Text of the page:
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My Experience as a Caregiver in My Husband's Last Years

Clint and me on on our second date at the river

Clint and me on on our second date at the river

Christmas Is Aways Blue Without My Clint

I know there are other despondent, lonely people who are grieving the death of a spouse, so I send many prayers your way. Many were caregivers to their loved ones because, like me, they wanted to be near him or her for as long as possible. Others were not able to be caregivers for various reasons, but they still loved their spouse.

My husband suffered five strokes and had dementia. Prior to his fatal illness, he was such a sweet, caring person who loved me dearly.

To my readers: If you have never experienced someone with dementia while dealing with disabling strokes too, then you might not fully understand the stress factor—I know I didn’t know what dementia and strokes did to the person.

He Only Wanted Chocolate

My husband’s strokes affected the part of his brain that finally destroyed his appetite. Until then, I fed him anything that he would eat. I constantly cooked his favorite dishes, and he ate well for months; and then about three months before his death in September, he stopped eating. He would slap it away or knock the plate out of my hand. The only nourishment he would consume was chocolate. I put a straw in the bottle and told him it was chocolate milk. He would eat mashed potatoes and ice cream sometimes, and other times he would slap it away.

I Found His Pills on the Carpet

I gave him his medication on schedule and found he would squirrel (hold) the pills in his cheeks, even though I would ask him if he swallowed the pills; then he would lift his tongue to show me—no pills. I began to find pills on the carpet and on the windowsills, so I began crushing them.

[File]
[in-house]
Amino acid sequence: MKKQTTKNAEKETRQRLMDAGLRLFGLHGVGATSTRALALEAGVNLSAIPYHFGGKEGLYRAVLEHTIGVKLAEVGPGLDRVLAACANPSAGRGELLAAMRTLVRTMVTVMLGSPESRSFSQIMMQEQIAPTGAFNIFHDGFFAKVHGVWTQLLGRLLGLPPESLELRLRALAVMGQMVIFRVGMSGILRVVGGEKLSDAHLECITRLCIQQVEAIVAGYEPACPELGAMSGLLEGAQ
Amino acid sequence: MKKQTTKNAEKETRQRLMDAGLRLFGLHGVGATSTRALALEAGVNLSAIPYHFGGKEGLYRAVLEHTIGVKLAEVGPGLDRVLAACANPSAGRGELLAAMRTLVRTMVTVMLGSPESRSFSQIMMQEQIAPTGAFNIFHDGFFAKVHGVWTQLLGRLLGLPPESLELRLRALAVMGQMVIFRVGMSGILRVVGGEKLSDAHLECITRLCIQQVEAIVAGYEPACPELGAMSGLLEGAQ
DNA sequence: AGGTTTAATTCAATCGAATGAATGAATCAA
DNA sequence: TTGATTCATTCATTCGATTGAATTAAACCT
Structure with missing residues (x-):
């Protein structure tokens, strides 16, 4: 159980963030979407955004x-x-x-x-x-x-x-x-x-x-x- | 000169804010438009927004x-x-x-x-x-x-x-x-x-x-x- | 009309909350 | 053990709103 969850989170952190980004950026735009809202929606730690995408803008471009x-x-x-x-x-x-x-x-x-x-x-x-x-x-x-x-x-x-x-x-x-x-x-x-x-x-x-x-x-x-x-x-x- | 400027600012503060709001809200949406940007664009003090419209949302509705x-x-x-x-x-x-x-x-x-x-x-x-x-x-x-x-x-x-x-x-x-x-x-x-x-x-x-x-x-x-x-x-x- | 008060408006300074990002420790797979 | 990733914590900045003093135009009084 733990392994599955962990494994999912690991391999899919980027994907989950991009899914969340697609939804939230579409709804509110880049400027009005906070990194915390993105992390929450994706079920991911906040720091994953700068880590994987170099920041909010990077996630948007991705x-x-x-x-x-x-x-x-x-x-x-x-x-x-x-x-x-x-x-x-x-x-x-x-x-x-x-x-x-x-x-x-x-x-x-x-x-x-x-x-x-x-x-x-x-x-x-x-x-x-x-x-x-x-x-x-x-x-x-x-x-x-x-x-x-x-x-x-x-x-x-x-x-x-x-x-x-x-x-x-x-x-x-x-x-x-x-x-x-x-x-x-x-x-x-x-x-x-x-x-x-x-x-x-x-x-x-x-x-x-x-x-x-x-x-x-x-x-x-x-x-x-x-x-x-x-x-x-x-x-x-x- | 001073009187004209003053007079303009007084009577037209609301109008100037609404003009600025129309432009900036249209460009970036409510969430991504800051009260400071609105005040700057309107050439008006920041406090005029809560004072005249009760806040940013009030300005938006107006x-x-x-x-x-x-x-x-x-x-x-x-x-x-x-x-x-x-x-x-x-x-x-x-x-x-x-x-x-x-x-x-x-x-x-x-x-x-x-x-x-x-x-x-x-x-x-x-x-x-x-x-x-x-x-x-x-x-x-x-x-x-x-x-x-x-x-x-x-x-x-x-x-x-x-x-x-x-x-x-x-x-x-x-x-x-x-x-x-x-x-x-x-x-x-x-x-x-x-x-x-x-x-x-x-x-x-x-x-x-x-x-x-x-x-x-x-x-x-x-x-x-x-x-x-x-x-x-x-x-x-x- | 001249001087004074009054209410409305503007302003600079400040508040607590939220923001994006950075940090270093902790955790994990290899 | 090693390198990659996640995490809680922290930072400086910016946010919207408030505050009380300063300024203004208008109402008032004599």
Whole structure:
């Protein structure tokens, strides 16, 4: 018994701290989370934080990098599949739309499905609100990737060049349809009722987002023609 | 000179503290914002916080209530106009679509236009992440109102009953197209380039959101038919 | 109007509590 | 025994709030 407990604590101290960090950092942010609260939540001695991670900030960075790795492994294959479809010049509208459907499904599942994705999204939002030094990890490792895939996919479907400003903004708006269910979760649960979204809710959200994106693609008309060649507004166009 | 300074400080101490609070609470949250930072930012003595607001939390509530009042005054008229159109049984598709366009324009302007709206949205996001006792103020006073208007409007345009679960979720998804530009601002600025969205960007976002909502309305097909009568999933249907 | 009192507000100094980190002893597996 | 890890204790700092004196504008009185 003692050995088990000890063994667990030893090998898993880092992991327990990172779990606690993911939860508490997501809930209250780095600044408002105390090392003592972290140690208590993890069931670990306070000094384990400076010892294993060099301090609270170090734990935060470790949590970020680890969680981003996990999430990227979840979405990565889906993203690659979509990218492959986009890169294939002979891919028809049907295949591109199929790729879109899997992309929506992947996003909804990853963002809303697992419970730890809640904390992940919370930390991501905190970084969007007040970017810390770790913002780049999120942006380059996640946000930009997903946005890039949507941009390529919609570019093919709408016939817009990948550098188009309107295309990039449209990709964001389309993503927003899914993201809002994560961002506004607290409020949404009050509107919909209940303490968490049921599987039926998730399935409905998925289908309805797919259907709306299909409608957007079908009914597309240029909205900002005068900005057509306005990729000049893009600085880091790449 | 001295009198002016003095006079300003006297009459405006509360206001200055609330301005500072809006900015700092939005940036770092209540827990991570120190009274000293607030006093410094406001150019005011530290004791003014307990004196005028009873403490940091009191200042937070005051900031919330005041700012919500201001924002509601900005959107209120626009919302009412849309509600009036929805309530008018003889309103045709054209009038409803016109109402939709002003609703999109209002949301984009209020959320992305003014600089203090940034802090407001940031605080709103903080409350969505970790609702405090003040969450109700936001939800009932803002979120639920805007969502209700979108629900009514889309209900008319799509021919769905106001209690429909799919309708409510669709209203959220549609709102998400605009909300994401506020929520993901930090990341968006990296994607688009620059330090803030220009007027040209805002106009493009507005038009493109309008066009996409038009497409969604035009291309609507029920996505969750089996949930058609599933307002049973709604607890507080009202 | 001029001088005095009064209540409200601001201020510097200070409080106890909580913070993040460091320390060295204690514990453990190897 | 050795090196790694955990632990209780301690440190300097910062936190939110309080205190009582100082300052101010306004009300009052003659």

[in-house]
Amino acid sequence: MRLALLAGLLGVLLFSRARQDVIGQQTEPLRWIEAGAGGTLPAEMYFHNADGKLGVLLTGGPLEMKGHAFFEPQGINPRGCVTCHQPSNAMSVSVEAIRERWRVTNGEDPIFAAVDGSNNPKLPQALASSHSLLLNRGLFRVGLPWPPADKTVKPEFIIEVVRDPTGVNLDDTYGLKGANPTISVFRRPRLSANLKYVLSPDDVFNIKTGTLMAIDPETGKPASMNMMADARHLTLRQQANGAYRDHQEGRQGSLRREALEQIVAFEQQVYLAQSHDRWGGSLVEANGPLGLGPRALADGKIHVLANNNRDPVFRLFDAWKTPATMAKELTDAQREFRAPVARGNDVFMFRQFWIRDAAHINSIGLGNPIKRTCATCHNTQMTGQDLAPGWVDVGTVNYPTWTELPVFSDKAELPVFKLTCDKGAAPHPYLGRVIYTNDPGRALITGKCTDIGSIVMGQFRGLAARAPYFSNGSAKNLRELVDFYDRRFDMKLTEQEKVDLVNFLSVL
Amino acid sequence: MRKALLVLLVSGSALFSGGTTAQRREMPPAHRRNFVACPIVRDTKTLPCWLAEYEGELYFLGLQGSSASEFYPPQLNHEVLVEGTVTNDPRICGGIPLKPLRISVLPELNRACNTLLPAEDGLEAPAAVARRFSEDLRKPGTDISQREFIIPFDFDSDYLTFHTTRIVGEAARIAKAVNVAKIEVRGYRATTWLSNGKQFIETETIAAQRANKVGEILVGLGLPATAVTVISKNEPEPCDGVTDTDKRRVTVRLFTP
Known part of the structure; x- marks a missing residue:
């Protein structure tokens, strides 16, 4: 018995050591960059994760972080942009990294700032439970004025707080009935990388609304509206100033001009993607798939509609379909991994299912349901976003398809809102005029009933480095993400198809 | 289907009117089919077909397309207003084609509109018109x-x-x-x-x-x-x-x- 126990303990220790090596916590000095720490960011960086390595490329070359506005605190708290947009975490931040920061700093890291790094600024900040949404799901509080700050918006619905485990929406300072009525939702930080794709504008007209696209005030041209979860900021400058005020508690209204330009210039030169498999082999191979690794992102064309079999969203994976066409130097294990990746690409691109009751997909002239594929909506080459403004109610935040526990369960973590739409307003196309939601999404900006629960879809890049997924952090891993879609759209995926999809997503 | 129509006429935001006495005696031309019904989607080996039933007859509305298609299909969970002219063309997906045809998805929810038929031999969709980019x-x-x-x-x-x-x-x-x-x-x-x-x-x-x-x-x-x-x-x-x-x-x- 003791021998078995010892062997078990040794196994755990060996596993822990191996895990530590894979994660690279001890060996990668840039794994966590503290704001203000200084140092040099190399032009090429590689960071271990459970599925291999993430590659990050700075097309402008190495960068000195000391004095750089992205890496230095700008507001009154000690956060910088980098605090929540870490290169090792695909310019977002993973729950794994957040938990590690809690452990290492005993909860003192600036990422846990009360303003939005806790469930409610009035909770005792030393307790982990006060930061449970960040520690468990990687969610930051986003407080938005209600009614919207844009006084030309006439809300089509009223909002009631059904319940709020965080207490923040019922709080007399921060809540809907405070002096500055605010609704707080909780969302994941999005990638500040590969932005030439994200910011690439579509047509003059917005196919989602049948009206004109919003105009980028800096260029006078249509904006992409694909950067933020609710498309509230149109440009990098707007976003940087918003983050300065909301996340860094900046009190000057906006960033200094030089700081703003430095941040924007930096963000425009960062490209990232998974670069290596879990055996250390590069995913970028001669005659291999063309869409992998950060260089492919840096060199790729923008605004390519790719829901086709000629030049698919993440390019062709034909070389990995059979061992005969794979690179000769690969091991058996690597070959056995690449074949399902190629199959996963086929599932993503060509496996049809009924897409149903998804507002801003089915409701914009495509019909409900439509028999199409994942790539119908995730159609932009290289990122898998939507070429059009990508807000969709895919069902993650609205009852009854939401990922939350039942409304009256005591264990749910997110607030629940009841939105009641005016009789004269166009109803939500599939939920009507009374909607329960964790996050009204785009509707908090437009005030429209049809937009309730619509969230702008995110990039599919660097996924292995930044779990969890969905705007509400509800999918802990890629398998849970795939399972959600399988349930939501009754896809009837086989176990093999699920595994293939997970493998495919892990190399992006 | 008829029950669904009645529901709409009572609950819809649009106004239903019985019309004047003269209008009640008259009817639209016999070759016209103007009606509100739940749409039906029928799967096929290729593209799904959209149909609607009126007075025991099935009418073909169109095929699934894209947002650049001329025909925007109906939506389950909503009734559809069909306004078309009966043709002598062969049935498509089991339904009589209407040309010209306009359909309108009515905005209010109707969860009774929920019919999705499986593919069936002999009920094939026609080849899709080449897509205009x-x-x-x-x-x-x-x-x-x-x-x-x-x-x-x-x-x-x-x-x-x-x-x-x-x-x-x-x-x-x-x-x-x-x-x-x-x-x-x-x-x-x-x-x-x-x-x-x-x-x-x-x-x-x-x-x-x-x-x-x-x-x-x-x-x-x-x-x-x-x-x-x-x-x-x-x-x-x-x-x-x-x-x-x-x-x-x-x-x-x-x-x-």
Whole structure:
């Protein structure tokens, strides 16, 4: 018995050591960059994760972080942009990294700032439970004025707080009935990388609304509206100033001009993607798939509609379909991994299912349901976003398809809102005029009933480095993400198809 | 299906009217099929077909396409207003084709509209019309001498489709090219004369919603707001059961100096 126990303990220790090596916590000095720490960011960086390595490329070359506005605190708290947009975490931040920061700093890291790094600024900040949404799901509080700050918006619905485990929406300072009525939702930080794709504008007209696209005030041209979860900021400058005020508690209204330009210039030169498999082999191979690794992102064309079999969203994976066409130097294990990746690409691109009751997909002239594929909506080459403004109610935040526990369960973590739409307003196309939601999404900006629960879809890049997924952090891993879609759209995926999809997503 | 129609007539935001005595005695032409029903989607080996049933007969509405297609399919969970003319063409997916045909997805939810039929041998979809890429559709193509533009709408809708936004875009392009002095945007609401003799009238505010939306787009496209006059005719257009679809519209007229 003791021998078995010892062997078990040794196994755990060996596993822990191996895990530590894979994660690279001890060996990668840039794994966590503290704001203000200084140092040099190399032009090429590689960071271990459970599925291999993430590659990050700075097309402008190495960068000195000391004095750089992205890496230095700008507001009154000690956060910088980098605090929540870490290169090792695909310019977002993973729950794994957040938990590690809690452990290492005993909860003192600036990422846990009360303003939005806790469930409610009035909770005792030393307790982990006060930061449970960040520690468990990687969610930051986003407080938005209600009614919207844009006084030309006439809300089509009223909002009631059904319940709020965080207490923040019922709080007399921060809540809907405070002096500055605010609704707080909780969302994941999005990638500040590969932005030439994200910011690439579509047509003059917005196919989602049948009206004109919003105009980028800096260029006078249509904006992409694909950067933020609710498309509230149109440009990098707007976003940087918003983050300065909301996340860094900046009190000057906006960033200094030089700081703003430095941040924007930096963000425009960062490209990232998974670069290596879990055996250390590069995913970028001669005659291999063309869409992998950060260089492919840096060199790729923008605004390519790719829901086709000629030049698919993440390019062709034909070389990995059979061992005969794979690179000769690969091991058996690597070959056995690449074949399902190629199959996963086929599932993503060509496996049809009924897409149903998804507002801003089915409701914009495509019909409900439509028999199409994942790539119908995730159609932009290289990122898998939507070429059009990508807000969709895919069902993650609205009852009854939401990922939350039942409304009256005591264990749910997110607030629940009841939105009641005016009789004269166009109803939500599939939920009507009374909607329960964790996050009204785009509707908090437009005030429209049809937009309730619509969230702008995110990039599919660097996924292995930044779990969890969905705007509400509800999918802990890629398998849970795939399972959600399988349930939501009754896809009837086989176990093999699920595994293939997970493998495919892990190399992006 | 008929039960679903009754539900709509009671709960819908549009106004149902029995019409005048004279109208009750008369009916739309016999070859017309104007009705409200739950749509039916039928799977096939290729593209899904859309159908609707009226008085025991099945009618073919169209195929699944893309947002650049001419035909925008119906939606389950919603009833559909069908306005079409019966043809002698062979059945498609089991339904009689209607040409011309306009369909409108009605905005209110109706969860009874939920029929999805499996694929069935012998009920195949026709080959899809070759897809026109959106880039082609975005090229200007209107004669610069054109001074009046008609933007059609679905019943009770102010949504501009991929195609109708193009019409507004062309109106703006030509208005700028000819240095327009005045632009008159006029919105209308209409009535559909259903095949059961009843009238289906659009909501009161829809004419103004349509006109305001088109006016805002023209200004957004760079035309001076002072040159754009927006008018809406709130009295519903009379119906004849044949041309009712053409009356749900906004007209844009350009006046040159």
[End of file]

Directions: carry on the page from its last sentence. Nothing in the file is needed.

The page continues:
Bathing and Grooming

The things he hated most were baths, shaves, haircuts, manicures, pedicures, and wearing clothes. He got to the point of being abusive by hitting, kicking, and pulling my hair. Please keep this in mind if this is happening in your life: they have no idea what they are doing.

I had to wear long sleeves in the summer to shop at the grocery store because of the bruises on my arms. He would grab my hand and twist my fingers, then push them back, trying to break them. Because he fractured the first bone of that finger, I had to remove my wedding rings and have rings cut off another finger.

When he no longer could sit up by himself, I would pull him into a sitting position to shave and give him a haircut by straddling him with my legs and putting a belt around me and him so I could have more control in a safe manner. I was always afraid he would hurt my leg that was broken twice the same day in 2014—it has a plate and two screws in it—and I am very careful not to break it again.

He Sometimes Seemed Like a Different Person

My brother-in-law John took all the guns and knives out of his room because he started threatening me with them. It was just words, but it was all new to us, so my family tried to protect me. And I won't lie he made me cry several times. I would go out onto the porch to cry alone. Yes, I had pity parties, but mostly I was scared to death, and I felt so alone. I wanted my mother, and sometimes I felt her spirit near, which calmed me for a while.

Early in the mornings, he was almost his usual sweet self for a few hours. I would sit and read to him, and he would fall asleep after any breakfast he would eat or drink Boost. Then, when 3:00 to 4:00 p.m. came, he would become a different person. He would yell out loud, "Mama!"—that's what he called me.

He also thought I was his employee. I cannot tell you how many times he fired me at night, then in the morning he would tell me about terminating that mean nurse. I tried sleeping in another room in my bed with a baby monitor so I could hear him—most of the time he would stay awake calling me to come there—but I got very little sleep and lost weight because caring for him was demanding and consumed most of the day and night.

I Slept in Recliner Outside His Room

I finally decided to sleep in a recliner outside his room, so he knew I was near, and it seemed to work better. He kept yelling all night and summoned me to his room. The doctor increased his medications, which made him relax and sleep, so that worked for a while. Nothing seemed to work for very long. I seemed to inhale with momentary joy and exhale with disappointment as his medications were changed—promising much but delivering little.

I Didn't Want to Leave Him Alone

Many people advised me to take time for myself, go shopping, have lunch with friends, and get away for two hours of alone time. (I think of that often now that I am alone, and I can tell you it is not that wonderful). The only time I left him was when I went to town to buy food and his medicine.